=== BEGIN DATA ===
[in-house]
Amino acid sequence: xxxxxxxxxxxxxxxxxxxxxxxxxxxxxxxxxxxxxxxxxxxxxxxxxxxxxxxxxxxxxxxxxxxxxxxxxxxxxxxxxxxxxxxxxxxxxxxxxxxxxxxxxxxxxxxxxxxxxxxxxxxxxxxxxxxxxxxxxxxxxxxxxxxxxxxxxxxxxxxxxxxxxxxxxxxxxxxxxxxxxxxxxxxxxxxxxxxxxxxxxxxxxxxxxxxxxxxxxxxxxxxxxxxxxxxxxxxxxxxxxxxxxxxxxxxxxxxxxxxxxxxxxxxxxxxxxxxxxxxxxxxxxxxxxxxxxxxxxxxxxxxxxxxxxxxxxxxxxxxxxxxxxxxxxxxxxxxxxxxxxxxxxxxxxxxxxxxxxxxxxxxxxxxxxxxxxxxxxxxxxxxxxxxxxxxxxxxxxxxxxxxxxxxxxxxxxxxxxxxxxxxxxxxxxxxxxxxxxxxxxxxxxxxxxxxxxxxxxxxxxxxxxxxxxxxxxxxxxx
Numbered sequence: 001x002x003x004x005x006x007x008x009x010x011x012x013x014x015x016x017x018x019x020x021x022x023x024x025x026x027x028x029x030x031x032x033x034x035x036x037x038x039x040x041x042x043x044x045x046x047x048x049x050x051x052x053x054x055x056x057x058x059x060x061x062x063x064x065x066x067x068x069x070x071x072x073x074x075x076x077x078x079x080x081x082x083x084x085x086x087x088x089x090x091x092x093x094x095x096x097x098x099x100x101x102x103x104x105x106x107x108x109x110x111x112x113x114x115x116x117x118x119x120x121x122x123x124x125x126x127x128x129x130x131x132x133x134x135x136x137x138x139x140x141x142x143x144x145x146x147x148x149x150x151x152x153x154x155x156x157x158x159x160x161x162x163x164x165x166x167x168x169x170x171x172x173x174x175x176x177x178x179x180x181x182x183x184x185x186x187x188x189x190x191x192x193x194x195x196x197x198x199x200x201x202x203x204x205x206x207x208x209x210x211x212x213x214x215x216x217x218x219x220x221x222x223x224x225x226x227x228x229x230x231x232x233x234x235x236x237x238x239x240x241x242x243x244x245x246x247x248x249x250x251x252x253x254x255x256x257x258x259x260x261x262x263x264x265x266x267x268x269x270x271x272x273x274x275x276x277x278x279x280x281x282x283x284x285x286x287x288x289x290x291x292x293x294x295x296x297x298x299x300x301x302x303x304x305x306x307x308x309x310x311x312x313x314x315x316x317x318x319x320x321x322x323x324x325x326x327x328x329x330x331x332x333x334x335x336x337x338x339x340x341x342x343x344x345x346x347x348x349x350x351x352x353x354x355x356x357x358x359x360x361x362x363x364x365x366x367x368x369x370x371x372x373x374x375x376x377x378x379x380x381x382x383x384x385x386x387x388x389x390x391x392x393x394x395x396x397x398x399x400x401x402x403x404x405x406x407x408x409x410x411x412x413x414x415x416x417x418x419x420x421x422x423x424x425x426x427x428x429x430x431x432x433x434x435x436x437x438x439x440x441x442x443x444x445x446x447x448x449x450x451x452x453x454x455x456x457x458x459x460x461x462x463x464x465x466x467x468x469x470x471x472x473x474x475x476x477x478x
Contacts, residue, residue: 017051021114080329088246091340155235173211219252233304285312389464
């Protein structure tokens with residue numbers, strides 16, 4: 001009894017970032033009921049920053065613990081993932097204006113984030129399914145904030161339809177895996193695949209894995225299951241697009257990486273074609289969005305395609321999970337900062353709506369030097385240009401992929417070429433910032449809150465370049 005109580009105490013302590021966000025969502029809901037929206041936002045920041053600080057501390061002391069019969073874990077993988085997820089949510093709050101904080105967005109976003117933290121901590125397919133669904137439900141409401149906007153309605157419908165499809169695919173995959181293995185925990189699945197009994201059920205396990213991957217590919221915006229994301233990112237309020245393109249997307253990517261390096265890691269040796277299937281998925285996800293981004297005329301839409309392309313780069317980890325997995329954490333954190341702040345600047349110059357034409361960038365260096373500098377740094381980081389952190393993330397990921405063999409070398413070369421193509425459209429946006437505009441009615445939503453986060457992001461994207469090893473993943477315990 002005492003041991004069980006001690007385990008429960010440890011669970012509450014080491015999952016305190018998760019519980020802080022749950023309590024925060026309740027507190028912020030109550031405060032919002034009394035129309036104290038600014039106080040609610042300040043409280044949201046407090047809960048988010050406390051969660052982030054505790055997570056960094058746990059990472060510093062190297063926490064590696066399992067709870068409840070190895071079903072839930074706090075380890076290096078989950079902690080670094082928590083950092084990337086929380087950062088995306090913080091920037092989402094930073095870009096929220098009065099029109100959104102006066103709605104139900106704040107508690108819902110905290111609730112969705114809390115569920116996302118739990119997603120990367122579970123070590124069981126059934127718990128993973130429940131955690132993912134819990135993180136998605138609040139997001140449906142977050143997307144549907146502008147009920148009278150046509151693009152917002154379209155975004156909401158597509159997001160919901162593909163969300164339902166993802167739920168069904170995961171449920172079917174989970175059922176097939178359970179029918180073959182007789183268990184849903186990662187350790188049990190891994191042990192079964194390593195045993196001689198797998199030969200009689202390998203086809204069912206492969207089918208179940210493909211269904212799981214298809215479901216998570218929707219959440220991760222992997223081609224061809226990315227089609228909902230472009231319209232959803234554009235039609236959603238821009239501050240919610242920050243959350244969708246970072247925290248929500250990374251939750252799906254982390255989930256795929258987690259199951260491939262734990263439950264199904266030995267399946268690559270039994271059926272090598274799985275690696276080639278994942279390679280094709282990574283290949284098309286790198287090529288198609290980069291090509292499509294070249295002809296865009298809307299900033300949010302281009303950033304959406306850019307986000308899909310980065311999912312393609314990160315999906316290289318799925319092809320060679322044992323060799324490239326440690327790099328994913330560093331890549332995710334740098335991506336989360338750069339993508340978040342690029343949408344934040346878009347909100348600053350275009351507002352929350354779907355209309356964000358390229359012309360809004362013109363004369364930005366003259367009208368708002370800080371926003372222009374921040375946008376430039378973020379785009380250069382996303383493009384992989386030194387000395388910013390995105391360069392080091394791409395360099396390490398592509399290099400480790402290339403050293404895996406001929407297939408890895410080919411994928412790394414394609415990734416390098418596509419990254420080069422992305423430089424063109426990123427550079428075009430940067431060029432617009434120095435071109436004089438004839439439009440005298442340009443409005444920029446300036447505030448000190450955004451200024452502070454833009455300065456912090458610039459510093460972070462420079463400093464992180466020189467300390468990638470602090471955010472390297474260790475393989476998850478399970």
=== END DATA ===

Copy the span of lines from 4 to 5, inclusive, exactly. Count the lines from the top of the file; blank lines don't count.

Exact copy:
Contacts, residue, residue: 017051021114080329088246091340155235173211219252233304285312389464
């Protein structure tokens with residue numbers, strides 16, 4: 001009894017970032033009921049920053065613990081993932097204006113984030129399914145904030161339809177895996193695949209894995225299951241697009257990486273074609289969005305395609321999970337900062353709506369030097385240009401992929417070429433910032449809150465370049 005109580009105490013302590021966000025969502029809901037929206041936002045920041053600080057501390061002391069019969073874990077993988085997820089949510093709050101904080105967005109976003117933290121901590125397919133669904137439900141409401149906007153309605157419908165499809169695919173995959181293995185925990189699945197009994201059920205396990213991957217590919221915006229994301233990112237309020245393109249997307253990517261390096265890691269040796277299937281998925285996800293981004297005329301839409309392309313780069317980890325997995329954490333954190341702040345600047349110059357034409361960038365260096373500098377740094381980081389952190393993330397990921405063999409070398413070369421193509425459209429946006437505009441009615445939503453986060457992001461994207469090893473993943477315990 002005492003041991004069980006001690007385990008429960010440890011669970012509450014080491015999952016305190018998760019519980020802080022749950023309590024925060026309740027507190028912020030109550031405060032919002034009394035129309036104290038600014039106080040609610042300040043409280044949201046407090047809960048988010050406390051969660052982030054505790055997570056960094058746990059990472060510093062190297063926490064590696066399992067709870068409840070190895071079903072839930074706090075380890076290096078989950079902690080670094082928590083950092084990337086929380087950062088995306090913080091920037092989402094930073095870009096929220098009065099029109100959104102006066103709605104139900106704040107508690108819902110905290111609730112969705114809390115569920116996302118739990119997603120990367122579970123070590124069981126059934127718990128993973130429940131955690132993912134819990135993180136998605138609040139997001140449906142977050143997307144549907146502008147009920148009278150046509151693009152917002154379209155975004156909401158597509159997001160919901162593909163969300164339902166993802167739920168069904170995961171449920172079917174989970175059922176097939178359970179029918180073959182007789183268990184849903186990662187350790188049990190891994191042990192079964194390593195045993196001689198797998199030969200009689202390998203086809204069912206492969207089918208179940210493909211269904212799981214298809215479901216998570218929707219959440220991760222992997223081609224061809226990315227089609228909902230472009231319209232959803234554009235039609236959603238821009239501050240919610242920050243959350244969708246970072247925290248929500250990374251939750252799906254982390255989930256795929258987690259199951260491939262734990263439950264199904266030995267399946268690559270039994271059926272090598274799985275690696276080639278994942279390679280094709282990574283290949284098309286790198287090529288198609290980069291090509292499509294070249295002809296865009298809307299900033300949010302281009303950033304959406306850019307986000308899909310980065311999912312393609314990160315999906316290289318799925319092809320060679322044992323060799324490239326440690327790099328994913330560093331890549332995710334740098335991506336989360338750069339993508340978040342690029343949408344934040346878009347909100348600053350275009351507002352929350354779907355209309356964000358390229359012309360809004362013109363004369364930005366003259367009208368708002370800080371926003372222009374921040375946008376430039378973020379785009380250069382996303383493009384992989386030194387000395388910013390995105391360069392080091394791409395360099396390490398592509399290099400480790402290339403050293404895996406001929407297939408890895410080919411994928412790394414394609415990734416390098418596509419990254420080069422992305423430089424063109426990123427550079428075009430940067431060029432617009434120095435071109436004089438004839439439009440005298442340009443409005444920029446300036447505030448000190450955004451200024452502070454833009455300065456912090458610039459510093460972070462420079463400093464992180466020189467300390468990638470602090471955010472390297474260790475393989476998850478399970």